Talks will be online via zoom on Tuesday evenings, from 7:30 to 8:30pm; the talks will be 20 to 30 minutes long, followed by some time for Q&A and discussion (we'll keep the sessions to 1 hour), and there will be a chance to chat socially after the event (all online). Please book tickets using the links below, and we will then send you the Zoom link to enable you to join the event online. The talks are free, with donations welcome.
The Upside of Down. An optimists view on creating a democracy and why we need to.
In pandemic Britain many people have discovered new ways to help their communities. Why not make working together for the benefit of all the residents permanent? Since 2011 the Flatpack Democracy movement has shown that, by standing as a group of independent local councillors working closely together, people all over the country can and do steer their local councils to thrive and prosper, democratically. Now, more than ever, we have the chance to refocus our local councils on what really matters to us and our neighbours. With many local elections postponed until 2021 we’ve got time to get prepared. Peter Macfadyen's book "Flatpack Democracy" is a practical guide to doing this, based on his experience of creating a council of independent councillors in Frome.
Working with Nature
Jeremy Purseglove is an environmentalist who has spent his life working with civil engineers and agriculturalists to enhance nature rather than damage it. He will be talking about how we as consumers can all help preserve landscapes and habitats by choosing sustainably grown commodities. Examples will include palm oil, cereals, chocolate and cider. His book ‘Working with Nature’ was shortlisted for the Wainwright prize for environmental writing in 2020.
A Better Future through Art
Hilary Cox Condron is a community artist passionate about using art to bring communities together. Her work connects and strengthens communities – inspiring creativity, action and political change - leaving a legacy of artwork through books, film, installations, exhibitions and oral histories.
Cambridge Sustainable Food
A Better Future for Food
Ann is a retired primary school teacher. She was a founder member of Cambridge Sustainable Food and is now one of their directors. Her talk will look at how we might be able to create a fairer, more sustainable and ethical food system to ensure good food for everyone.
Cam Valley Forum
Safeguarding our local water resources
Stephen Tomkins's work with Cam Valley Forum to alert us all to the dangers threatening our rivers and streams is well known. His talk will show us why action is needed now to safeguard our water resources. For more, see the Cam Valley Forum website.
Meg Clarke and Jacky Sutton-Adam
Preserving food naturally
What did we do before fridges? The process of fermenting foods - to preserve them and make them more digestible and nutritious - is as old as humanity, and gives complex flavours and health benefits. The talk will be about some fermentation basics - why and how - and will cover some vegetables and grains.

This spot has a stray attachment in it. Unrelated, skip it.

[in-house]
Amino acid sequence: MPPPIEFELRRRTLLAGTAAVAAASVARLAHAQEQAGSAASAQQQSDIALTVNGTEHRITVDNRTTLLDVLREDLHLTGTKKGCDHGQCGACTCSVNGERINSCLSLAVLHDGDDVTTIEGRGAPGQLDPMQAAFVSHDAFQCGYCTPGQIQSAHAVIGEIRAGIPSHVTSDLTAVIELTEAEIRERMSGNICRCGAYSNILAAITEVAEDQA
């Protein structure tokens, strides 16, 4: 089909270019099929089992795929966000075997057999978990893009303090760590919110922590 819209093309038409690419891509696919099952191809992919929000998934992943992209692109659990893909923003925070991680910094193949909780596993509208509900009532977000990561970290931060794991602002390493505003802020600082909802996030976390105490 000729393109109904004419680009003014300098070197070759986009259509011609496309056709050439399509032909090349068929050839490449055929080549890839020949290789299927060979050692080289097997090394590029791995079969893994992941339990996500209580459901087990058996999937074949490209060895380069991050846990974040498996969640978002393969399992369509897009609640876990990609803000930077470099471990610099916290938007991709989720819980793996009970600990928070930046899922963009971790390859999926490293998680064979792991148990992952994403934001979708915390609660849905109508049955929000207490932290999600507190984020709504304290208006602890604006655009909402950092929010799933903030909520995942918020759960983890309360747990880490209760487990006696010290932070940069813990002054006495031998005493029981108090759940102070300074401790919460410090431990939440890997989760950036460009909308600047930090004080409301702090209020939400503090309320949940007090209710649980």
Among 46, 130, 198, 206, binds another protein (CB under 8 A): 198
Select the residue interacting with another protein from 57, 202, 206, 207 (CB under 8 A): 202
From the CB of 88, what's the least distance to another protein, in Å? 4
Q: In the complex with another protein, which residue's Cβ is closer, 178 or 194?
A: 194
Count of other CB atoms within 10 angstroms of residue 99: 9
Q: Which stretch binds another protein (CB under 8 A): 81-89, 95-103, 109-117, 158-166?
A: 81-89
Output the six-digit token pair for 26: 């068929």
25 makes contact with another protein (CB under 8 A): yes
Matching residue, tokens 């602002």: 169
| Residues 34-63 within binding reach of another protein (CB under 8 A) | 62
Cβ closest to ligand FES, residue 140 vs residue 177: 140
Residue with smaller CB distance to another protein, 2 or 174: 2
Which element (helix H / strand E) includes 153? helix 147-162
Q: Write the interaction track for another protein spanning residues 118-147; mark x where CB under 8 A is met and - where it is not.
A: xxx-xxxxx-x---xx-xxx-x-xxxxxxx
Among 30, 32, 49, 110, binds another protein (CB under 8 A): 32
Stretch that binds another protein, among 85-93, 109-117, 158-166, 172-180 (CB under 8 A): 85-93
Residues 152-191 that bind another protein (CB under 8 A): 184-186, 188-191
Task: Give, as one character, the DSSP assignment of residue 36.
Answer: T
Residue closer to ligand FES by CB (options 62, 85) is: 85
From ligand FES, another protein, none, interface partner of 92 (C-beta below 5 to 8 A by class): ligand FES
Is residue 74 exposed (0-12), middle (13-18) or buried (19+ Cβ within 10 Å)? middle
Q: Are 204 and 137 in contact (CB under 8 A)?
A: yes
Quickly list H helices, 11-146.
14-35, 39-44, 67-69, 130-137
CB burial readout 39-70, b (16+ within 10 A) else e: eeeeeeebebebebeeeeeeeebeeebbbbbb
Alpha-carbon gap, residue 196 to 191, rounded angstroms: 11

Why the next 10 years needs to feel like a Revolution of the Imagination?
Rob Hopkins co-founded the Transition movement, inspiring numerous Transition groups to form worldwide. He has written several books, including "From What is to What If", "The Transition Handbook", "The Transition Companion", and "The Power of Just Doing Stuff". Read more about Rob here.
Pathways to zero energy at home
How do you decide what is the best low carbon energy route for your home and budget, and having decided, how do you get there? We will discuss the options and their pros and cons.
Nicola Terry has been volunteering with the Transition Cambridge Energy Group for more than 10 years and also with Cambridge Carbon Footprint. She works as a consultant with Cambridge Architectural Research and Cambridge Energy, doing research relating to energy use in buildings, mainly for the government and NGOs. She writes a blog: Energy Thoughts and Surprises.
Tony Juniper's website
Tony Juniper CBE is a campaigner, writer, sustainability adviser and a well-known British environmentalist. He has worked towards creating a more sustainable society for 35 years in a number of roles. He is currently the chair of Natural England. Amongst many other activities, he has provided ecology and conservation experiences for primary school children, made the case for new recycling laws, and orchestrated international campaigns for action on rainforests and climate change. His books include ‘What has Nature ever done for us?’, ‘ What Nature Does For Britain’, ‘What is really happening to our planet?’ and the ‘Ladybird Expert Guide to Climate Change’, co-authored with HRH the Prince of Wales and polar scientist Dr Emily Shuckburgh OBE (see all his books here).